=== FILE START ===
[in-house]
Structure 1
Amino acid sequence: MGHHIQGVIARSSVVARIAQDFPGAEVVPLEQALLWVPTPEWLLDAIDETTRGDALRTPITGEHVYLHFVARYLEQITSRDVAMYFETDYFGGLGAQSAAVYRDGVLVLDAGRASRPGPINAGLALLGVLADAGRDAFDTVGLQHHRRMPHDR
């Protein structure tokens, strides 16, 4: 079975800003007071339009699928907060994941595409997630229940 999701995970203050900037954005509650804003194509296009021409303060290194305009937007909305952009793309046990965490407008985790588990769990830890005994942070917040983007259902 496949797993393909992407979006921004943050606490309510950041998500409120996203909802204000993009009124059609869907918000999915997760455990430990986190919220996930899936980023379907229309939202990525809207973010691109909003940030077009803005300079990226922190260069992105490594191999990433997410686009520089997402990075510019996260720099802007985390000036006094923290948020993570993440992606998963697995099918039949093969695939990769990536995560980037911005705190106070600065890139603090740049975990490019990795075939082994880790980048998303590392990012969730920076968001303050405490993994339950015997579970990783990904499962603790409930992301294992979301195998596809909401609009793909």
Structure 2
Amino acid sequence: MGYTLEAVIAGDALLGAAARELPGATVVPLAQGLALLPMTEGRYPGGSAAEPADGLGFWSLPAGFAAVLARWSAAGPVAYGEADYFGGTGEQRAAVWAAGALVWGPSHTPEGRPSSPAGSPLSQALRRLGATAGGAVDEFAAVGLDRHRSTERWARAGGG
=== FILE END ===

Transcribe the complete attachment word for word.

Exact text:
[in-house]
Structure 1
Amino acid sequence: MGHHIQGVIARSSVVARIAQDFPGAEVVPLEQALLWVPTPEWLLDAIDETTRGDALRTPITGEHVYLHFVARYLEQITSRDVAMYFETDYFGGLGAQSAAVYRDGVLVLDAGRASRPGPINAGLALLGVLADAGRDAFDTVGLQHHRRMPHDR
């Protein structure tokens, strides 16, 4: 079975800003007071339009699928907060994941595409997630229940 999701995970203050900037954005509650804003194509296009021409303060290194305009937007909305952009793309046990965490407008985790588990769990830890005994942070917040983007259902 496949797993393909992407979006921004943050606490309510950041998500409120996203909802204000993009009124059609869907918000999915997760455990430990986190919220996930899936980023379907229309939202990525809207973010691109909003940030077009803005300079990226922190260069992105490594191999990433997410686009520089997402990075510019996260720099802007985390000036006094923290948020993570993440992606998963697995099918039949093969695939990769990536995560980037911005705190106070600065890139603090740049975990490019990795075939082994880790980048998303590392990012969730920076968001303050405490993994339950015997579970990783990904499962603790409930992301294992979301195998596809909401609009793909």
Structure 2
Amino acid sequence: MGYTLEAVIAGDALLGAAARELPGATVVPLAQGLALLPMTEGRYPGGSAAEPADGLGFWSLPAGFAAVLARWSAAGPVAYGEADYFGGTGEQRAAVWAAGALVWGPSHTPEGRPSSPAGSPLSQALRRLGATAGGAVDEFAAVGLDRHRSTERWARAGGG